Oprah Winfrey on OWN: 'I am not in love with myself; I am a woman on purpose'
She's in the house to talk about her latest and greatest endeavor, the Oprah Winfrey Network. It's no small task. "This has been a revelatory week for me. We've worked very hard to make this network what it is right now. It was not actually until we were on the air that I fully started to grasp what it means to have a network where you are the OW of the OWN," she says.
"I had a moment, thinking about this journey, and not just in terms of this past couple of years to get here... but thinking about this journey in terms of the whole of my life, and how absolutely extraordinary it is when you tell your story or critique your story, how absolutely extraordinary it is that I can sit in this place with my name on a network coming from a little town in Mississippi and growing up without a television, begging my grandmother for a television. That's what I thought those first few minutes, standing there looking at myself doing the introduction to OWN, I thought about myself on a red dirt road... asking my grandmother if we could get a TV. She said no, because it was the devil's work."
Her answers to our questions tend to be extremely long, wordy, and laden with little nuggets of wisdom. Talking to her about OWN feels less like a press conference and interview, and more like a master class in how to be as awesome as Oprah.
She frequently asks her talk show guests whether they love themselves, but when the question is turned on her, she's hesitant to answer. "I am not in love with myself. I'm not in love with myself. I can just see that in print and I cringe. 'Oprah fell in love with herself at the age of 49!'" she laughs, press-savvy as she is. "No, I'm not in love with myself at all, I am loving that I understand who I really am. And I am not enamored or dazzled by this whole idea of fame. I think it's fun, and it's certainly better to have money than to not, and so I don't deny that. No, it's a really cool thing. It's nice to be able to get what you want to get and all that stuff. Who I really am is a woman on purpose, trying to live on purpose."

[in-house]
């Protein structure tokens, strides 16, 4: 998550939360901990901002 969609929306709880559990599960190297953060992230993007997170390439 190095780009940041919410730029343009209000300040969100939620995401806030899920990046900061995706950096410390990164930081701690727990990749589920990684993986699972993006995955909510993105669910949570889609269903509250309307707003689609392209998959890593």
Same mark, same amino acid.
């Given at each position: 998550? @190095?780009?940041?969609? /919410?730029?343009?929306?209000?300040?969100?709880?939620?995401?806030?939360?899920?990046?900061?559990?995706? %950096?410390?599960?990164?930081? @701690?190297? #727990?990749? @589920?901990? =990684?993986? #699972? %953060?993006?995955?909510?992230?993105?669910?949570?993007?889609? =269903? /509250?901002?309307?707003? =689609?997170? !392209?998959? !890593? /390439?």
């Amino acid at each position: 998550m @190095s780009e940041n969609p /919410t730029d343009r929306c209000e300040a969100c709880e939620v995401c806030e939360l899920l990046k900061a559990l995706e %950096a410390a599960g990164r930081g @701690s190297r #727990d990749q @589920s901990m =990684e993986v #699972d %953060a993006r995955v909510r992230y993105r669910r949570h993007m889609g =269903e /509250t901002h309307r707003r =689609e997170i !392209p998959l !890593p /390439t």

Her purpose, she says, is to inspire. It has been since she was a three-year-old impressing ladies in church. "The church ladies would say to my grandmother, 'That child is the talkingest child. Where'd that child learn how to do 'Invictus'?' That was an inspiration then, to those people. That's a running theme to me. That is what brings me joy."
That much is clear. In all of the advice that she offered us in the forty-minute discussion, she feels that currently, her greatest strength is just simply paying attention. "I have paid attention to my life experience. Everything that has happened to me and is happening to you right now is happening to teach you more about yourself. Every mistake that I've made, I was listening," she says.
One season of "The Oprah Winfrey Show" carried the tagline, "Change-your-life television" and now, a decade later, Winfrey acknowledges this as one of her many mistakes.
"Who am I to say that I'm actually changing your life? What I realized is that's not for me to say, that's for somebody else to say. Don't go around telling people you're going to change their lives, let them tell you what their experience was."
This is the attitude she's going into OWN with. "The intention of this channel is to bring good energy... and so that's how we operate. Because I've been in TV all my life, I know that most TV programmers do not start the meeting with 'How is this going to serve the viewer? If it doesn't work for them, it doesn't work for me," she says.
With that said... she is Oprah, so maybe she knows better, and we should just listen to her.
"There are a few shows that, even if [the audience doesn't] respond I'm keeping on anyway, because I can," she says, raising a teasing eyebrow. "Because I like them, and in time, it'll grow on [the audience]."
And really, who are we to deny Oprah's expertise?